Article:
Source: Duke Energy
Progress Energy Carolinas, a subsidiary of Duke Energy (NYSE: DUK), on Oct. 1 will officially retire two coal-fired power plants, including the utility's first coal-fueled facility built in 1923.
The utility will close the Cape Fear power plant, near Moncure, N.C., and the H.B. Robinson Unit 1 power plant, near Hartsville, S.C., as part of its ongoing fleet-modernization program.
Closing older, less-efficient coal plants and replacing them with state-of-the-art natural gas-fueled power plants helps ensure continued grid reliability, reduces air emissions and water usage, and offers new economic development opportunities.
The 316-megawatt (MW) Cape Fear plant, located in Chatham County on the Cape Fear River, has been a vital part of meeting the needs of Progress Energy Carolinas' customers since 1923.
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A total of six coal-fired units were located at the site, the last two completed in 1956 and 1958. At that time, the Cape Fear plant was the largest power plant on the utility's system.
Two of Cape Fear's six coal-fired units were retired in 1977 and two in 2011. The last two units will close Oct. 1. Along with the coal units, one of four oil-fueled combustion-turbine (CT) units on the site is also being retired Oct. 1. The remaining three CT units will remain open, though their operation will generally be limited to periods of high electricity demand.
Meanwhile, the 177-MW H.B. Robinson Unit 1 power plant near Hartsville, S.C., in Darlington County, is Progress Energy Carolinas' only coal-fired power plant in South Carolina. It has been a key part of meeting the needs of the utility's customers since it began commercial operation in 1960.
The Robinson coal unit retirement does not affect the 724-MW Robinson nuclear power plant on the same site, which is licensed for operation through July 2030. Nor does it affect Progress Energy Carolinas' other major power plant in South Carolina—the 790-MW Darlington County Plant, which is located in the same county as the Robinson plant and includes 13 combustion-turbine units fueled by natural gas and oil.
Progress Energy Carolinas has been working to minimize employee impacts resulting from its power plant retirements. All employees at Cape Fear and Robinson Unit 1 electing to stay with the company have been able to do so through the company's redeployment efforts.
Of the normal combined complement of 113 employees at these two power plants, 79 have been placed in other positions in the company, 27 are retiring through the company's voluntary severance program associated with Progress Energy's merger with Duke Energy, and seven left the company prior to the merger.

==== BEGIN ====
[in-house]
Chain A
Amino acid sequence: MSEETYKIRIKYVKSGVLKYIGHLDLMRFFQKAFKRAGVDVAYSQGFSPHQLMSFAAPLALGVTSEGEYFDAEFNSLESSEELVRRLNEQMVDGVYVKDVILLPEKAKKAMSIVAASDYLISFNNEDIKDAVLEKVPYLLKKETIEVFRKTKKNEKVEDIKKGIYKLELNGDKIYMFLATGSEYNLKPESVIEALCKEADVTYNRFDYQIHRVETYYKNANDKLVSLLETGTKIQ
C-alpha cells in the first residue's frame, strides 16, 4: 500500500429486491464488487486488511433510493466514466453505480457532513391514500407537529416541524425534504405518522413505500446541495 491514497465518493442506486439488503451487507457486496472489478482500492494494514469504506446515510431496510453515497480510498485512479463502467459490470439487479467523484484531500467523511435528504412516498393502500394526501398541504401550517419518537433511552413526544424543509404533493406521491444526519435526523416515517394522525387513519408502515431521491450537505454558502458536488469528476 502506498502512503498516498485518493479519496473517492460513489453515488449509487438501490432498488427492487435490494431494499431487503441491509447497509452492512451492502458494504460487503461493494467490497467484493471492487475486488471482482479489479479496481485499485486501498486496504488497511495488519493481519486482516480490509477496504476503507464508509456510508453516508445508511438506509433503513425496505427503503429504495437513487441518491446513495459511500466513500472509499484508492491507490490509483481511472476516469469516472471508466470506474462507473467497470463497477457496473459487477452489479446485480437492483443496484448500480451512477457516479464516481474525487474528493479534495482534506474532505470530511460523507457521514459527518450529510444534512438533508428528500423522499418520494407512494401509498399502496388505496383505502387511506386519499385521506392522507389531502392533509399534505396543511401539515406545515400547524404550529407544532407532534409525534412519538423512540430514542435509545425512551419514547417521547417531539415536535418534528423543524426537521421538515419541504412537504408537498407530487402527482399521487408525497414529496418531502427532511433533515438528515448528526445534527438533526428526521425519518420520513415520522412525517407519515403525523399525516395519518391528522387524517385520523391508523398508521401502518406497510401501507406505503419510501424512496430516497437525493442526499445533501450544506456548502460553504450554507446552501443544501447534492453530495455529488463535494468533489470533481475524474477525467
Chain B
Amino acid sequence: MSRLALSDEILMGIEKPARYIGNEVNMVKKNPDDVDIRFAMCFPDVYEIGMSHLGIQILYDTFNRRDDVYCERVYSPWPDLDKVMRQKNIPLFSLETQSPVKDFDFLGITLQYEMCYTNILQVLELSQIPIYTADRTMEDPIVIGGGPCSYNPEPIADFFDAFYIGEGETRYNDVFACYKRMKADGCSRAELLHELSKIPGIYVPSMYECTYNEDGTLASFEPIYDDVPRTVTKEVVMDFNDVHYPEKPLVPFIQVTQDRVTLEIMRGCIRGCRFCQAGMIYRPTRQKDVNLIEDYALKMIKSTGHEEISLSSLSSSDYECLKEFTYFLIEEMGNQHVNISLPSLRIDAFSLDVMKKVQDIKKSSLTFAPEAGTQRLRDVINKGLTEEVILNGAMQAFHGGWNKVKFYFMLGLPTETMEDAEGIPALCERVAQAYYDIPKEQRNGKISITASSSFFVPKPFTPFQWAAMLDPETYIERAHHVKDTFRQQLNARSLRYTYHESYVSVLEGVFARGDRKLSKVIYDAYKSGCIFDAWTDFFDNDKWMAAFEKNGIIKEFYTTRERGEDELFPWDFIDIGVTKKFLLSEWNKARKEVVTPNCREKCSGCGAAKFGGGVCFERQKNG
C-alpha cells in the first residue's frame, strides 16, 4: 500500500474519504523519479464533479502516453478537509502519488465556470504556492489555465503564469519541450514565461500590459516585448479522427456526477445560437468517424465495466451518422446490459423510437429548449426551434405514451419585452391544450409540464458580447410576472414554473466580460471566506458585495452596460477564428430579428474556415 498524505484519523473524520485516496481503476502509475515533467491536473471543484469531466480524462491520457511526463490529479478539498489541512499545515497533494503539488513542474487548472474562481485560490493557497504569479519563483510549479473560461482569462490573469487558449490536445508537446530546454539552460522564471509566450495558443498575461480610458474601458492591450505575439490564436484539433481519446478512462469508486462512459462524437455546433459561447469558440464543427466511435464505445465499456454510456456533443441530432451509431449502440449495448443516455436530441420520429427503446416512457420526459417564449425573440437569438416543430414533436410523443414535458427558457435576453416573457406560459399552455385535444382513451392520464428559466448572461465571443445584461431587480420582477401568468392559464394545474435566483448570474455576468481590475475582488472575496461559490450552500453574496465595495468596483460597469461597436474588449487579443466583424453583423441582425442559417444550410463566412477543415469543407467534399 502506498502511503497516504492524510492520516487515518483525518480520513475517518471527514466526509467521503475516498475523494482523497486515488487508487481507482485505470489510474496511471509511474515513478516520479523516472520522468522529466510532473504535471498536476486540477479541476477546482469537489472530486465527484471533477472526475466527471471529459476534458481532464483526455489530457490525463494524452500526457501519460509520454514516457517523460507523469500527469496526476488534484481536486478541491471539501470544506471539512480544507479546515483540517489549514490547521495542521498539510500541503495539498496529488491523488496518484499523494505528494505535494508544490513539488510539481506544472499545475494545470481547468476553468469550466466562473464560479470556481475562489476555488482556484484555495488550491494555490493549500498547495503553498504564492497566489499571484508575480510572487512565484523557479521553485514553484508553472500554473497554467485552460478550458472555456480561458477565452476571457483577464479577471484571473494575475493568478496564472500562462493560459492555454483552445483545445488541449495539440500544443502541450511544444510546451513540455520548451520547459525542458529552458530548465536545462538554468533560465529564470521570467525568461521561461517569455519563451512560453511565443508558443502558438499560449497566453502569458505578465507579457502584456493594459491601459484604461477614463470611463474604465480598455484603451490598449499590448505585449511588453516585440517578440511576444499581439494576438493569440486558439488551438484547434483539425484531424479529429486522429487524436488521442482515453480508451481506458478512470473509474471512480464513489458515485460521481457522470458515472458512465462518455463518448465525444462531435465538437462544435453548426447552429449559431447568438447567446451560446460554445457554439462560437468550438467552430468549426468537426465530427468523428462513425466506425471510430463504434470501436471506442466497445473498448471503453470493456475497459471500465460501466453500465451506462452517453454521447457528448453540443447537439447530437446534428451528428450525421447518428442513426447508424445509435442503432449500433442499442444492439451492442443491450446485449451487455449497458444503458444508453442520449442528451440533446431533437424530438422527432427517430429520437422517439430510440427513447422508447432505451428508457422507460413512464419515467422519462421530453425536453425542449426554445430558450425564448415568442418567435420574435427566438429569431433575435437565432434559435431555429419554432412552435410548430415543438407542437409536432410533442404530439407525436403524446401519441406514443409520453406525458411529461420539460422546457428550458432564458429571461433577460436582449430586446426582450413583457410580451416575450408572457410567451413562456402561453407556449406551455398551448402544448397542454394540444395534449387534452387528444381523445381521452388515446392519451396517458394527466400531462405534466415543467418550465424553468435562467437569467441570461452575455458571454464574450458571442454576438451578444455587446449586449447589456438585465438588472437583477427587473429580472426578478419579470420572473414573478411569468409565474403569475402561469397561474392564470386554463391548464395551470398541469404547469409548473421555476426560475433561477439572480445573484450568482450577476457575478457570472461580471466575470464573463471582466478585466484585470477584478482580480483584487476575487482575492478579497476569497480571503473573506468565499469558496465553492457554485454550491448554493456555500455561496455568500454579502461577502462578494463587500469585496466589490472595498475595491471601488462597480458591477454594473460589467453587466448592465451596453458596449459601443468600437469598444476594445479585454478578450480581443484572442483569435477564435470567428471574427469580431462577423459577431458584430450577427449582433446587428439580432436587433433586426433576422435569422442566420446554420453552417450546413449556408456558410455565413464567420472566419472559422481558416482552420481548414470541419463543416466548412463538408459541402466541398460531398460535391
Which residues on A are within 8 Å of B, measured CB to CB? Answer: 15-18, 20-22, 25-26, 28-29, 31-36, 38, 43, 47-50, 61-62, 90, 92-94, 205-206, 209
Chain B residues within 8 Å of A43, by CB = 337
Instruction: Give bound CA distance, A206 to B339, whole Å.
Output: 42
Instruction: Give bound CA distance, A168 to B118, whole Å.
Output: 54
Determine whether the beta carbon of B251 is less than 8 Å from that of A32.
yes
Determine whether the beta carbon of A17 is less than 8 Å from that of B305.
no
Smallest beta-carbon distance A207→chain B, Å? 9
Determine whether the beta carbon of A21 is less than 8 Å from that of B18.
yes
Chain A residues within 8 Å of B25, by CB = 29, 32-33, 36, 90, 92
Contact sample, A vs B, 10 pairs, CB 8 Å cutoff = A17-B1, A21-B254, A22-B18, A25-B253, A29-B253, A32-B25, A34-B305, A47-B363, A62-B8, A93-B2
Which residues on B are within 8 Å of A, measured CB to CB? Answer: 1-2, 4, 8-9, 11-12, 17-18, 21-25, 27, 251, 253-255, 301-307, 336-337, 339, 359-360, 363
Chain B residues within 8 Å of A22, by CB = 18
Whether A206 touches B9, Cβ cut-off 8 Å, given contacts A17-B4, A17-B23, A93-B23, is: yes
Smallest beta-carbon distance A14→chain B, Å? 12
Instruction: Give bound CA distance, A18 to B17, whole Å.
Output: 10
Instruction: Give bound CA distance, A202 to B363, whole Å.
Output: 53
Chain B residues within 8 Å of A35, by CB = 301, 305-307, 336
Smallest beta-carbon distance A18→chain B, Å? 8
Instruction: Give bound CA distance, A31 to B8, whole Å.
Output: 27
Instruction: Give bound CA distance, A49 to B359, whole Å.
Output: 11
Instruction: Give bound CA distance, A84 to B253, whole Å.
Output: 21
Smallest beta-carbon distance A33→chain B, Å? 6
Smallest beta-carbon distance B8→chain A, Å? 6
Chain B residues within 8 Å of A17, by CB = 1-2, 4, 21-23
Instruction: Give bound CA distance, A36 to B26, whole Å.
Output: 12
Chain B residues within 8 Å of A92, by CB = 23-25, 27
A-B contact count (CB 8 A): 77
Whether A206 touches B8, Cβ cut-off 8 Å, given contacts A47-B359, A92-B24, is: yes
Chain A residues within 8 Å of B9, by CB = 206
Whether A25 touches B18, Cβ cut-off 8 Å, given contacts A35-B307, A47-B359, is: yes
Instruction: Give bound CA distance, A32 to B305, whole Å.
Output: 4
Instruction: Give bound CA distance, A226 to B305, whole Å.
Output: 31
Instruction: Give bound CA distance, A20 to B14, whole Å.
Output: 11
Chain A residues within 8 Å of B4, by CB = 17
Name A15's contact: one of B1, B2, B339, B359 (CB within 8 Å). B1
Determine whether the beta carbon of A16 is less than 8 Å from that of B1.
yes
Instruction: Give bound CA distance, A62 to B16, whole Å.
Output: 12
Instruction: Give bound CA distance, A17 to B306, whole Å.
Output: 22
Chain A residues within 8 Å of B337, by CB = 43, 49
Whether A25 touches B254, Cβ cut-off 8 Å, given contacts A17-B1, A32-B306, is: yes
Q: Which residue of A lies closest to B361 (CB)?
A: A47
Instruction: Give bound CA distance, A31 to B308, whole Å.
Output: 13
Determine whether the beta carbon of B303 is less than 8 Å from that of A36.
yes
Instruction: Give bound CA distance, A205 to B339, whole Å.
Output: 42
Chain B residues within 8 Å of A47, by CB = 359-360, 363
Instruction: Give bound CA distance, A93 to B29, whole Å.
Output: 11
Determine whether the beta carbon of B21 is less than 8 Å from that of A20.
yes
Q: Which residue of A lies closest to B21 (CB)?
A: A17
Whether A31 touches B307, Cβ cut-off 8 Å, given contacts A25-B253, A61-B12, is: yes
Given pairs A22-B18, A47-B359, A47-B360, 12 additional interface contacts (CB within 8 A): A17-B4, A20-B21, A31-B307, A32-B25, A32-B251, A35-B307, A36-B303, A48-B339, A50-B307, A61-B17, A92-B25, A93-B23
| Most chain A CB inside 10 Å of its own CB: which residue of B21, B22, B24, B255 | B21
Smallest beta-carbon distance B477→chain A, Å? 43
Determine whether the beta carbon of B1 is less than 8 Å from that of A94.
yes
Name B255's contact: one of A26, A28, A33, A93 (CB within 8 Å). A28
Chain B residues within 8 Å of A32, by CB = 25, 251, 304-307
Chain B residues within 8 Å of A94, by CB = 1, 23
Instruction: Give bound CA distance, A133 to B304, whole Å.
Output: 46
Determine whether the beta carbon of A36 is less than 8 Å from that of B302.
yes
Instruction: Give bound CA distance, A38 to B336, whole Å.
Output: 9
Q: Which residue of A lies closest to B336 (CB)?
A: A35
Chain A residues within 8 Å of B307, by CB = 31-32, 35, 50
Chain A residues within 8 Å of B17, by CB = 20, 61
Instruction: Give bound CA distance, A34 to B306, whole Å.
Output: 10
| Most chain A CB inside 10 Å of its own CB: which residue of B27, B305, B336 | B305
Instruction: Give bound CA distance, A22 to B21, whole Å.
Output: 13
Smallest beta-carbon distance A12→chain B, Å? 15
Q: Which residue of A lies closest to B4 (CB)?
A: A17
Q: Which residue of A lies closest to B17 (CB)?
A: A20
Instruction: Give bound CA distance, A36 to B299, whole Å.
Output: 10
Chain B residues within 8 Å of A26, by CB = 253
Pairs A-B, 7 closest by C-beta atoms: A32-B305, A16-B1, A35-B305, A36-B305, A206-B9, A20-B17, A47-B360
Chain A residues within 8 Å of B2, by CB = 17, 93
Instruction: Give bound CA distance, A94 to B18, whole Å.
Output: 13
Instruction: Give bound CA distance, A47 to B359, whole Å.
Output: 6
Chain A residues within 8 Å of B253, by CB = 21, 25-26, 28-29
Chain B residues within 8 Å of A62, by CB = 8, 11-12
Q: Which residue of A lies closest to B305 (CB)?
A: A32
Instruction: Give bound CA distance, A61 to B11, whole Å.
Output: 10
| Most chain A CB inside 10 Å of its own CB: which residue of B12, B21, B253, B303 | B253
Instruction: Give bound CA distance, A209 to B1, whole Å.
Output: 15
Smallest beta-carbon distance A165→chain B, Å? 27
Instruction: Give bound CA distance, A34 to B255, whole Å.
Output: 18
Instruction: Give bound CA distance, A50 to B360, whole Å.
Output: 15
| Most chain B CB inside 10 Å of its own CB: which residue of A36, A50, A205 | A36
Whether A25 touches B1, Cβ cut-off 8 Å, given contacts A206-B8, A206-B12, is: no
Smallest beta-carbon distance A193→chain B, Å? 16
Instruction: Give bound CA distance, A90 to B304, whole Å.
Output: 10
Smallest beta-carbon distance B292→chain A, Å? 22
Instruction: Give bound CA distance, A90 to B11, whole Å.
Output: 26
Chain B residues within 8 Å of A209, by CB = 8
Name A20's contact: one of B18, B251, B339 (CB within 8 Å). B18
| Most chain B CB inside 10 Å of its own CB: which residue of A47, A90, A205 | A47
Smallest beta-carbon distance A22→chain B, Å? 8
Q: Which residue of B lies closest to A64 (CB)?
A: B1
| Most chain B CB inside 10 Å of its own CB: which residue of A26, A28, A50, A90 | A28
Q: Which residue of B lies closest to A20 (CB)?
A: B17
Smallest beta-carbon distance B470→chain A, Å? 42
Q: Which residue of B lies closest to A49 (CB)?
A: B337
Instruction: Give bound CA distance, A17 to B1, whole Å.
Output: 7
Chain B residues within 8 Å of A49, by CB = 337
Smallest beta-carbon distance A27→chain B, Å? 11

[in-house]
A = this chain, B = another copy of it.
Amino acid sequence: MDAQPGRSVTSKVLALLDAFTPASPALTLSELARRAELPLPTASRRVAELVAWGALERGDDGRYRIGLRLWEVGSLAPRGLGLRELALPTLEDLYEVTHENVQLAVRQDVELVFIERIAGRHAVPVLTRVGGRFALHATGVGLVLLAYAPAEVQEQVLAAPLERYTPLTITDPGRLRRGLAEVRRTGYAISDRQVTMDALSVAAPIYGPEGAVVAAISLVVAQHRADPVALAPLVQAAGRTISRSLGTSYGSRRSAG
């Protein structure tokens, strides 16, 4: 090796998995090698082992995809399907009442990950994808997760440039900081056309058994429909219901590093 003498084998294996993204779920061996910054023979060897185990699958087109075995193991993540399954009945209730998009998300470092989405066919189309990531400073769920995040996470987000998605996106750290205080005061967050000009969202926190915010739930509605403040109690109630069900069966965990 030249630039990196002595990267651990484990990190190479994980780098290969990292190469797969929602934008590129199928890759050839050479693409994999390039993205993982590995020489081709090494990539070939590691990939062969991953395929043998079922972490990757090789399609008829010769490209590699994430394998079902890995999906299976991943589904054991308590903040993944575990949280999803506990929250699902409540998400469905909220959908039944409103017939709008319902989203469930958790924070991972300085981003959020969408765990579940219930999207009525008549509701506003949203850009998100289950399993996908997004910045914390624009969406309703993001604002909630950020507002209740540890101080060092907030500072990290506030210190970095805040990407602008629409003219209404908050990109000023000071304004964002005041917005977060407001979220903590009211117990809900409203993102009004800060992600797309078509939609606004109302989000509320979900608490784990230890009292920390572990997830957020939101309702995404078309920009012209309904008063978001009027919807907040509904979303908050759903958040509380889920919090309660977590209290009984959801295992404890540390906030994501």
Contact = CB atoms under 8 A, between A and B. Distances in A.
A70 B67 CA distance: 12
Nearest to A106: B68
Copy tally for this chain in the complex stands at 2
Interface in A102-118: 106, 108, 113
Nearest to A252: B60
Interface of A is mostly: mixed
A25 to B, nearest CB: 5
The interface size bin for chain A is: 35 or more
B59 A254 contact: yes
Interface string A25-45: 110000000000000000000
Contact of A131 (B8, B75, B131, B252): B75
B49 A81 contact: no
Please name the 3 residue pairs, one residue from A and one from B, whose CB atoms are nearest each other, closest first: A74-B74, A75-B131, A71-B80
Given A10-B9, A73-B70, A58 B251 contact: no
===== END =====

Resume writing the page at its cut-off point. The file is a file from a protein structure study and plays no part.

In addition to Cape Fear and Robinson Unit 1, Progress Energy Carolinas retired its coal-fired W.H. Weatherspoon power plant near Lumberton, N.C., in 2011, and the H.F. Lee power plant near Goldsboro, N.C., in September. Progress Energy Carolinas will close another coal-fired power plant, the L.V. Sutton Plant near Wilmington, N.C., in late 2013.
Once the retirements are complete, Progress Energy Carolinas will have retired all of its coal-fired power plants that do not have advanced environmental controls. This represents more than 1,600 MW, or approximately one-third of its coal-generating fleet.
In addition to retiring older, small coal plants, the utility's fleet-modernization strategy also includes building new natural gas-fueled combined-cycle units.
A new, 920-MW natural gas-fueled combined-cycle power plant is under construction at the H.F. Lee power plant site near Goldsboro, N.C. That project, including a gas pipeline extension, is expected to begin commercial operation in January 2013.
The company is also building a 625-MW gas-fired power plant at its Sutton site. Commercial operation, including a gas pipeline extension, is expected by the end of 2013.
The utility also added 614 MW of natural gas-fueled generation at its Sherwood H. Smith Jr. Energy Complex near Hamlet, N.C., in 2011.
Progress Energy Carolinas' plan to replace a third of its coal-fueled generating capacity with natural gas-fueled combined-cycle facilities will yield significant environmental benefits.
Natural gas plants generally emit up to 50 percent less carbon dioxide than coal-fired power plants, up to 95 percent less nitrogen oxide and virtually no sulfur dioxide or mercury.
In addition, the new power plants will use less water than the current coal-fired units, and eliminate the production of coal ash and its byproducts.